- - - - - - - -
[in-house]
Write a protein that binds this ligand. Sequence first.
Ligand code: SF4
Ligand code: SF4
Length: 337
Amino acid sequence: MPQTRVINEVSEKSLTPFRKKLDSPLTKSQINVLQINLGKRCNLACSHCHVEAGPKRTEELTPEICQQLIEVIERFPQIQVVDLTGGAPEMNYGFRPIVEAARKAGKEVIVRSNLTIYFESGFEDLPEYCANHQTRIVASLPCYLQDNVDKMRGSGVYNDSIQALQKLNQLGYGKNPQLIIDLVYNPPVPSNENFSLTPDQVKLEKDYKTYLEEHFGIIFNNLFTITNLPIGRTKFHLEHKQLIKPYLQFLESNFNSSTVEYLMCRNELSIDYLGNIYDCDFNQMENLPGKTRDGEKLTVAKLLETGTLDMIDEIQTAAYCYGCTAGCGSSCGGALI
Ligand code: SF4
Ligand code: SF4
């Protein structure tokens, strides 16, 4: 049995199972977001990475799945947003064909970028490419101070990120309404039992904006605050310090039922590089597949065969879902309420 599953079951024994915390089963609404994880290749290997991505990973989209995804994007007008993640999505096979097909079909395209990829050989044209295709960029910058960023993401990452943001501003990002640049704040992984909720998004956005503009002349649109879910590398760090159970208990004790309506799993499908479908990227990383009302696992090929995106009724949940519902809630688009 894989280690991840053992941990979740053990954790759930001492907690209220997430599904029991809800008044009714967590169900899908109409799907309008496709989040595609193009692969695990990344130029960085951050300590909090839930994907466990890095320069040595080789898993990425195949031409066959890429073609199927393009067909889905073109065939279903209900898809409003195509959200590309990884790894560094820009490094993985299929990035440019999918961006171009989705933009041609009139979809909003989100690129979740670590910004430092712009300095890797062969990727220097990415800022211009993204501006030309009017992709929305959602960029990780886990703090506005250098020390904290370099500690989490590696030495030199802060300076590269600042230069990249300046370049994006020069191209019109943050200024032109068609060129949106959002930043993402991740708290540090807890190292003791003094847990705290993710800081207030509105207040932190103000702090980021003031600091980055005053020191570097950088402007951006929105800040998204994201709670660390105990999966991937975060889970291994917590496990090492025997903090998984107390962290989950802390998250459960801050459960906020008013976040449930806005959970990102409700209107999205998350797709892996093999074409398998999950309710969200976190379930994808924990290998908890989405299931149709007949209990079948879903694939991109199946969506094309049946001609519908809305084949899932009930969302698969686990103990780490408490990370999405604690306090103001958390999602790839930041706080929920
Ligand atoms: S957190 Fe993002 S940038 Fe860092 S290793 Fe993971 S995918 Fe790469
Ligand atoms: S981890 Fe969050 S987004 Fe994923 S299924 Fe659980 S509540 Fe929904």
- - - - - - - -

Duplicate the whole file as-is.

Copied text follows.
[in-house]
Write a protein that binds this ligand. Sequence first.
Ligand code: SF4
Ligand code: SF4
Length: 337
Amino acid sequence: MPQTRVINEVSEKSLTPFRKKLDSPLTKSQINVLQINLGKRCNLACSHCHVEAGPKRTEELTPEICQQLIEVIERFPQIQVVDLTGGAPEMNYGFRPIVEAARKAGKEVIVRSNLTIYFESGFEDLPEYCANHQTRIVASLPCYLQDNVDKMRGSGVYNDSIQALQKLNQLGYGKNPQLIIDLVYNPPVPSNENFSLTPDQVKLEKDYKTYLEEHFGIIFNNLFTITNLPIGRTKFHLEHKQLIKPYLQFLESNFNSSTVEYLMCRNELSIDYLGNIYDCDFNQMENLPGKTRDGEKLTVAKLLETGTLDMIDEIQTAAYCYGCTAGCGSSCGGALI
Ligand code: SF4
Ligand code: SF4
């Protein structure tokens, strides 16, 4: 049995199972977001990475799945947003064909970028490419101070990120309404039992904006605050310090039922590089597949065969879902309420 599953079951024994915390089963609404994880290749290997991505990973989209995804994007007008993640999505096979097909079909395209990829050989044209295709960029910058960023993401990452943001501003990002640049704040992984909720998004956005503009002349649109879910590398760090159970208990004790309506799993499908479908990227990383009302696992090929995106009724949940519902809630688009 894989280690991840053992941990979740053990954790759930001492907690209220997430599904029991809800008044009714967590169900899908109409799907309008496709989040595609193009692969695990990344130029960085951050300590909090839930994907466990890095320069040595080789898993990425195949031409066959890429073609199927393009067909889905073109065939279903209900898809409003195509959200590309990884790894560094820009490094993985299929990035440019999918961006171009989705933009041609009139979809909003989100690129979740670590910004430092712009300095890797062969990727220097990415800022211009993204501006030309009017992709929305959602960029990780886990703090506005250098020390904290370099500690989490590696030495030199802060300076590269600042230069990249300046370049994006020069191209019109943050200024032109068609060129949106959002930043993402991740708290540090807890190292003791003094847990705290993710800081207030509105207040932190103000702090980021003031600091980055005053020191570097950088402007951006929105800040998204994201709670660390105990999966991937975060889970291994917590496990090492025997903090998984107390962290989950802390998250459960801050459960906020008013976040449930806005959970990102409700209107999205998350797709892996093999074409398998999950309710969200976190379930994808924990290998908890989405299931149709007949209990079948879903694939991109199946969506094309049946001609519908809305084949899932009930969302698969686990103990780490408490990370999405604690306090103001958390999602790839930041706080929920
Ligand atoms: S957190 Fe993002 S940038 Fe860092 S290793 Fe993971 S995918 Fe790469
Ligand atoms: S981890 Fe969050 S987004 Fe994923 S299924 Fe659980 S509540 Fe929904």